The Verne

The Verne: let my people go

The Verne

By Mo*, 12 months in detention**

Detention in the Verne is like being stuck in an island, in an island, in an island, in an island. Your cell is the centre. It is where I am most lonely, forever.

I have been in the Verne one year. I am the asylum seeker. No-one tell me anything about the process of detention. No one tell me I would be here very long time. No one tell me nothing. The most I get is the monthly report. Every time the same thing – ‘we are making enquiries’, ‘we are trying to get travel documents’, ‘we are investigating’, ‘we decide we still detain you’, excuse after excuse after excuse after excuse. Nothing clear. No path. No way out of the Verne.

They never bring me removal directions and I am here 12 months. No ticket, nothing. They know they cannot remove me. So why am I still here?  Don’t need to be locked up for them to find travel documents. And Verne is still a prison, for sure. It walks and talks like a prison. Big prison doors. Big prison walls. Big prison guards.

Here in the Verne, we say ‘we are a sardine tin in the sea’. It does not feel like UK. Or France. Or anywhere. We are lost.

The Verne has big effect on me. My physical body has been hit, I am feeling much weaker. I suffer from attacks – from guards and from other detained people who don’t understand people can be different. In my head, I am depression, anxiety disorder. I am stress, I am running wild. There is fear everywhere. If it is not for the deep sense of injustice I am feeling deep in my heart, I am kill myself long time ago. 100% this is about life in detention, 100%. Journey through asylum is of course very difficult, always, for everyone, but this…this is torture of the brain.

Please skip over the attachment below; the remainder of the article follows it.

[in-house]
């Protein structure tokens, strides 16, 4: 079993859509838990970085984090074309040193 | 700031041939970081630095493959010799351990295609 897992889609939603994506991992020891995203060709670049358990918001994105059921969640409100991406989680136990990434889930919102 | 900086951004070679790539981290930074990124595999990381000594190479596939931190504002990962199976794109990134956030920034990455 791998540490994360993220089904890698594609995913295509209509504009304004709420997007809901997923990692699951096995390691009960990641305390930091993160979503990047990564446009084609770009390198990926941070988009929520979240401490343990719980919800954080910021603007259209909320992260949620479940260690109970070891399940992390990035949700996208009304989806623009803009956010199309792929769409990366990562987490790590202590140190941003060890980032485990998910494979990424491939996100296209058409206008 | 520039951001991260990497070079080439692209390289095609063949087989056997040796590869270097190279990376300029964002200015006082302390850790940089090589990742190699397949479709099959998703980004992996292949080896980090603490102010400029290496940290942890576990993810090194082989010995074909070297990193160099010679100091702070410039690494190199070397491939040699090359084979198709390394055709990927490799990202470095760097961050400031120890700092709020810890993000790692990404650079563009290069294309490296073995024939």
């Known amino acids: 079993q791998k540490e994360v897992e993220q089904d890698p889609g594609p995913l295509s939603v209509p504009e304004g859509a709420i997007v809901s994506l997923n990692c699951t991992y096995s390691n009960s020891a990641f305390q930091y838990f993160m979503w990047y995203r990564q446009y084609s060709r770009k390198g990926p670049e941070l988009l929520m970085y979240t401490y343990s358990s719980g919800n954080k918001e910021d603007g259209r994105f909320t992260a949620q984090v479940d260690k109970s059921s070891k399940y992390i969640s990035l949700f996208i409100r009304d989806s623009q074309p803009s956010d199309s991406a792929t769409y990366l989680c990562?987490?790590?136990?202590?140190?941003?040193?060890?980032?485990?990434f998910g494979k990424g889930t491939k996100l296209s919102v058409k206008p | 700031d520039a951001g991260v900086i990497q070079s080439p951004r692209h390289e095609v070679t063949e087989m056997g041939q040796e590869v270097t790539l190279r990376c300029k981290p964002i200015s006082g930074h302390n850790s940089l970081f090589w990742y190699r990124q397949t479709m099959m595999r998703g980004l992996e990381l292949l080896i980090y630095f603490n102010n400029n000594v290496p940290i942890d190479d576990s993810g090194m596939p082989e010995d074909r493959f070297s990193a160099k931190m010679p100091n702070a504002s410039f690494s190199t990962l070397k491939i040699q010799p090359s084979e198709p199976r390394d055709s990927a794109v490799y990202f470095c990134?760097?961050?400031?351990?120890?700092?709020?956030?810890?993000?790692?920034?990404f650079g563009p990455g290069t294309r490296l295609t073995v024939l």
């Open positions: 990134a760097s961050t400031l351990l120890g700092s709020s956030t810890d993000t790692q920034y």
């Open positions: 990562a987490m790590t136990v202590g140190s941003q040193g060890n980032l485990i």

There are many people who should not be in the Verne. Many vulnerable people here. Mental health problems everywhere. My eyes keep dropping. I want to cry when I see what is around me. That government stop vulnerable people from detention is a lie. Here, all people has vulnerability. They should let us go.

Every time the library opens here, I am ready. I read the newspaper to keep my mind fresh. Sometimes I would read about detention.

Usually, when I read about detention I read about the taxpayer, the cost. They are not talking enough about the suffering, the abuse.
But this country is not like other countries. The politics at the moment, after Brexit – we are paying for it, the migrants. They say they locking up people only as last option.  All these people can’t be in detention for ‘last option’! 30,000 ‘last options’? Every year? I had legitimate Section 4 bail application and they stop it so they can keep me in here. Why?

They say I must stay inside for ‘public good’? Outside the Verne I am good. Outside the Verne I am myself. Outside the Verne I am healthy. Outside the Verne I volunteer. Outside the Verne, I know it’s not easy. But inside the Verne, everyone loses.

I have lost confidence in the system. There is no transparency. No independence. It is difficult to trust people who lock you up like monkey in a cage.

They can’t deport me, so why not they let me go?

Let me go! Let me go! Let me go!


The author’s real name has been changed to protect their identity.

** Since writing this piece, the author has been released from the Verne, their one year in detention – costing the author their mental health and the taxpayer £33,000 – seemingly serving no purpose whatsoever.

Picture credit: Patrycja Pinkowska

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